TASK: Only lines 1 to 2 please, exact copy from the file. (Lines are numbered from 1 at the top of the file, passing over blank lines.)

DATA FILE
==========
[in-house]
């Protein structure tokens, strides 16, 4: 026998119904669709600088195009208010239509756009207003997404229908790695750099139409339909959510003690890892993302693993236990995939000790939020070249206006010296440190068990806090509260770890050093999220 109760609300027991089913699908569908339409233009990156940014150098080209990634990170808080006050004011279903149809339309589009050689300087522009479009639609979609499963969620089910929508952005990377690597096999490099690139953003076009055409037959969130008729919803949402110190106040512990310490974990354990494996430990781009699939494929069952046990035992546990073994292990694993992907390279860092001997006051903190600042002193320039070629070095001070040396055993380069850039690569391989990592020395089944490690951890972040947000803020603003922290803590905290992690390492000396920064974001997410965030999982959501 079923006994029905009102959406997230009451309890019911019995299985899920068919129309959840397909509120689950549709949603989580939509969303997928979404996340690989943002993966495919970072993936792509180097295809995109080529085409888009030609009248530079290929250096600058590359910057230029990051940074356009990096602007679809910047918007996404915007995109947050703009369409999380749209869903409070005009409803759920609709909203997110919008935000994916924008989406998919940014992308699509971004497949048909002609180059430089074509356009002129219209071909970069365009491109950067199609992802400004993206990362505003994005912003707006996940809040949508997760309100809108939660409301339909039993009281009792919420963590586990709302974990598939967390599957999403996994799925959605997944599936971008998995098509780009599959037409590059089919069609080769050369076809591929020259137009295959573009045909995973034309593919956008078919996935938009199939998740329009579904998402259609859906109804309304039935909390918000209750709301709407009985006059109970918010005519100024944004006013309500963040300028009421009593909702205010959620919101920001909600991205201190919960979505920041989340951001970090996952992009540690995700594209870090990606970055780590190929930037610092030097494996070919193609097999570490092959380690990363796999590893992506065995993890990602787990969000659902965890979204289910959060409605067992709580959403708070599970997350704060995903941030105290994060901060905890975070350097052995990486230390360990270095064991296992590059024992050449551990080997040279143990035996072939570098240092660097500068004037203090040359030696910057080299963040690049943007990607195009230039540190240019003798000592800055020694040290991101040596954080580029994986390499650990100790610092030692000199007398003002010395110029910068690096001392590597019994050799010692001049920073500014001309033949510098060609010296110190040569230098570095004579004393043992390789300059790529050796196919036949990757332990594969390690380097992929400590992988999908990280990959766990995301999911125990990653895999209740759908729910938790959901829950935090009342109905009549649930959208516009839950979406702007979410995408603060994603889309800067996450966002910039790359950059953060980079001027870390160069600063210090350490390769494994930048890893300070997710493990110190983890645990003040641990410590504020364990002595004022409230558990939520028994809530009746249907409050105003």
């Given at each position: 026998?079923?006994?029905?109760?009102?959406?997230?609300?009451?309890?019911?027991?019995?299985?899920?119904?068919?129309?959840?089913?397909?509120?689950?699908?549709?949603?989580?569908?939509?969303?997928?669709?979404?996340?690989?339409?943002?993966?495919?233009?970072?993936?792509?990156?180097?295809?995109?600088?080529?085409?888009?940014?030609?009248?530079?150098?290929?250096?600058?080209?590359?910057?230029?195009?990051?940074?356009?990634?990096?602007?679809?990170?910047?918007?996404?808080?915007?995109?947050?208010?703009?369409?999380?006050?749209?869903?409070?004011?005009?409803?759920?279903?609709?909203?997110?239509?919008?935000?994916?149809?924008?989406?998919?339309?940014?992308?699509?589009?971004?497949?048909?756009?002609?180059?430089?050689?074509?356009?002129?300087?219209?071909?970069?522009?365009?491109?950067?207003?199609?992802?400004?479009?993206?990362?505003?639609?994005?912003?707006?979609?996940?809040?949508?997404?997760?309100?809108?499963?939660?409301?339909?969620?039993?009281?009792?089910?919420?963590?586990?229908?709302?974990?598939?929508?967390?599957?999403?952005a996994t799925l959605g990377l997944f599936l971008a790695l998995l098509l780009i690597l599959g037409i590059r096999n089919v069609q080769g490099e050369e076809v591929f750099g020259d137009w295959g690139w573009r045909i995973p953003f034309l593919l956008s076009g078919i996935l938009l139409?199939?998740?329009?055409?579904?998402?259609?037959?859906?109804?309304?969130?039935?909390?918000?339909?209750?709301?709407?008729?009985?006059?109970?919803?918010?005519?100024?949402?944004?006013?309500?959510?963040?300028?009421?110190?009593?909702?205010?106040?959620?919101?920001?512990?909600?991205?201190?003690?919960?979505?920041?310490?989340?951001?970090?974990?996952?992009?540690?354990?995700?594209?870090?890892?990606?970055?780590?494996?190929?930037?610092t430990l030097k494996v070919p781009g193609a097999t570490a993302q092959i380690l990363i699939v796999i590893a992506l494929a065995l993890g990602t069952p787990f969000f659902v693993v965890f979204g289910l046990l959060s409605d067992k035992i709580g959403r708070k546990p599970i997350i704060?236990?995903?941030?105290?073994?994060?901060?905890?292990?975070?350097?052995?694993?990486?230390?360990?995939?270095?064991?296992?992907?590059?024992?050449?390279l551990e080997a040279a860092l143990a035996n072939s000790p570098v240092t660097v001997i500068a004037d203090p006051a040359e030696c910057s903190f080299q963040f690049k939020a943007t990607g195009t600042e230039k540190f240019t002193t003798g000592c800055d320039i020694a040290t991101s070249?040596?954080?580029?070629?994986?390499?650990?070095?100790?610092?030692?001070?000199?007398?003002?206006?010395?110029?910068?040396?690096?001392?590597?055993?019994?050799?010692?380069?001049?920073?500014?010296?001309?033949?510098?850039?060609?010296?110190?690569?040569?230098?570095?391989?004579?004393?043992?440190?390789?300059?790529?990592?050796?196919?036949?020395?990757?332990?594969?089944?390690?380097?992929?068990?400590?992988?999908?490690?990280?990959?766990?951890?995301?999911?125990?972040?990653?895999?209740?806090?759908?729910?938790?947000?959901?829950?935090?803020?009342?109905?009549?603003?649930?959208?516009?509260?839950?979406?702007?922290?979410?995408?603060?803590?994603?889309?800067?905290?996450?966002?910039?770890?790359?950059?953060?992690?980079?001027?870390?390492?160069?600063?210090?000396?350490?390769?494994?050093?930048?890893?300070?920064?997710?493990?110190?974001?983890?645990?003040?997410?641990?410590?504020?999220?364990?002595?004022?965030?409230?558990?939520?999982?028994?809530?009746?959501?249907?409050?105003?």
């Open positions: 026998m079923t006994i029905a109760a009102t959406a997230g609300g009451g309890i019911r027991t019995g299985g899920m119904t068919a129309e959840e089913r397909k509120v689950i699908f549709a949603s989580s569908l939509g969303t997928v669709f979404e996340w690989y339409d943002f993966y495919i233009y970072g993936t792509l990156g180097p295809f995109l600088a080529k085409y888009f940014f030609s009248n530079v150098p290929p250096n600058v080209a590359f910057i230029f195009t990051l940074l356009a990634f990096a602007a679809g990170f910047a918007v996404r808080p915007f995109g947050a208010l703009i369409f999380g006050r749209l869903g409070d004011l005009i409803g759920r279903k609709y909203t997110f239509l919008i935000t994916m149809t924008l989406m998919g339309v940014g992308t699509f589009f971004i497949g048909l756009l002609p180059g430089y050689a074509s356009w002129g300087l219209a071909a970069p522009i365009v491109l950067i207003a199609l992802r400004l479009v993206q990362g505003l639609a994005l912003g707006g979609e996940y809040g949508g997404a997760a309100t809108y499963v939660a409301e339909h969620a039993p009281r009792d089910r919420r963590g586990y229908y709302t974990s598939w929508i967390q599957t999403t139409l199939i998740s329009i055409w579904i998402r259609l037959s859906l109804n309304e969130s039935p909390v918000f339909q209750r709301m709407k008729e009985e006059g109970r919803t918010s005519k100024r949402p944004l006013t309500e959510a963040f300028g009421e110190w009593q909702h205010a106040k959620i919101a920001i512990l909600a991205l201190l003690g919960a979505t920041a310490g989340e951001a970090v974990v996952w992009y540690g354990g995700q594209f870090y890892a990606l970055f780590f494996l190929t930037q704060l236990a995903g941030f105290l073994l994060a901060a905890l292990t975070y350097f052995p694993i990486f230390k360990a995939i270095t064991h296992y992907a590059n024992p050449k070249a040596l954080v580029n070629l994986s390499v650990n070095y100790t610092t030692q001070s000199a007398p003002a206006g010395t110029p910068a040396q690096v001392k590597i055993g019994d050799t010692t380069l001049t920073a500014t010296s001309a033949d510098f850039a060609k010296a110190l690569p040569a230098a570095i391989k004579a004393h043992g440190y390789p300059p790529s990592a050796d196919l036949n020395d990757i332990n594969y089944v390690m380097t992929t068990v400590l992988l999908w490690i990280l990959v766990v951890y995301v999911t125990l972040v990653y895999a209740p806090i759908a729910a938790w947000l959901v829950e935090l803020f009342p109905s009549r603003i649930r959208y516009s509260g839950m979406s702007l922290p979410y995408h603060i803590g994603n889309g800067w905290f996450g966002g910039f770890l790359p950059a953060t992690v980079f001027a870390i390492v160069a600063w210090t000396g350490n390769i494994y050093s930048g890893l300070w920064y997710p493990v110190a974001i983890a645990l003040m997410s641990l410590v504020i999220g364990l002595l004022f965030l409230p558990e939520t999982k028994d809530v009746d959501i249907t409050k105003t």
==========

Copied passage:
[in-house]
């Protein structure tokens, strides 16, 4: 026998119904669709600088195009208010239509756009207003997404229908790695750099139409339909959510003690890892993302693993236990995939000790939020070249206006010296440190068990806090509260770890050093999220 109760609300027991089913699908569908339409233009990156940014150098080209990634990170808080006050004011279903149809339309589009050689300087522009479009639609979609499963969620089910929508952005990377690597096999490099690139953003076009055409037959969130008729919803949402110190106040512990310490974990354990494996430990781009699939494929069952046990035992546990073994292990694993992907390279860092001997006051903190600042002193320039070629070095001070040396055993380069850039690569391989990592020395089944490690951890972040947000803020603003922290803590905290992690390492000396920064974001997410965030999982959501 079923006994029905009102959406997230009451309890019911019995299985899920068919129309959840397909509120689950549709949603989580939509969303997928979404996340690989943002993966495919970072993936792509180097295809995109080529085409888009030609009248530079290929250096600058590359910057230029990051940074356009990096602007679809910047918007996404915007995109947050703009369409999380749209869903409070005009409803759920609709909203997110919008935000994916924008989406998919940014992308699509971004497949048909002609180059430089074509356009002129219209071909970069365009491109950067199609992802400004993206990362505003994005912003707006996940809040949508997760309100809108939660409301339909039993009281009792919420963590586990709302974990598939967390599957999403996994799925959605997944599936971008998995098509780009599959037409590059089919069609080769050369076809591929020259137009295959573009045909995973034309593919956008078919996935938009199939998740329009579904998402259609859906109804309304039935909390918000209750709301709407009985006059109970918010005519100024944004006013309500963040300028009421009593909702205010959620919101920001909600991205201190919960979505920041989340951001970090996952992009540690995700594209870090990606970055780590190929930037610092030097494996070919193609097999570490092959380690990363796999590893992506065995993890990602787990969000659902965890979204289910959060409605067992709580959403708070599970997350704060995903941030105290994060901060905890975070350097052995990486230390360990270095064991296992590059024992050449551990080997040279143990035996072939570098240092660097500068004037203090040359030696910057080299963040690049943007990607195009230039540190240019003798000592800055020694040290991101040596954080580029994986390499650990100790610092030692000199007398003002010395110029910068690096001392590597019994050799010692001049920073500014001309033949510098060609010296110190040569230098570095004579004393043992390789300059790529050796196919036949990757332990594969390690380097992929400590992988999908990280990959766990995301999911125990990653895999209740759908729910938790959901829950935090009342109905009549649930959208516009839950979406702007979410995408603060994603889309800067996450966002910039790359950059953060980079001027870390160069600063210090350490390769494994930048890893300070997710493990110190983890645990003040641990410590504020364990002595004022409230558990939520028994809530009746249907409050105003």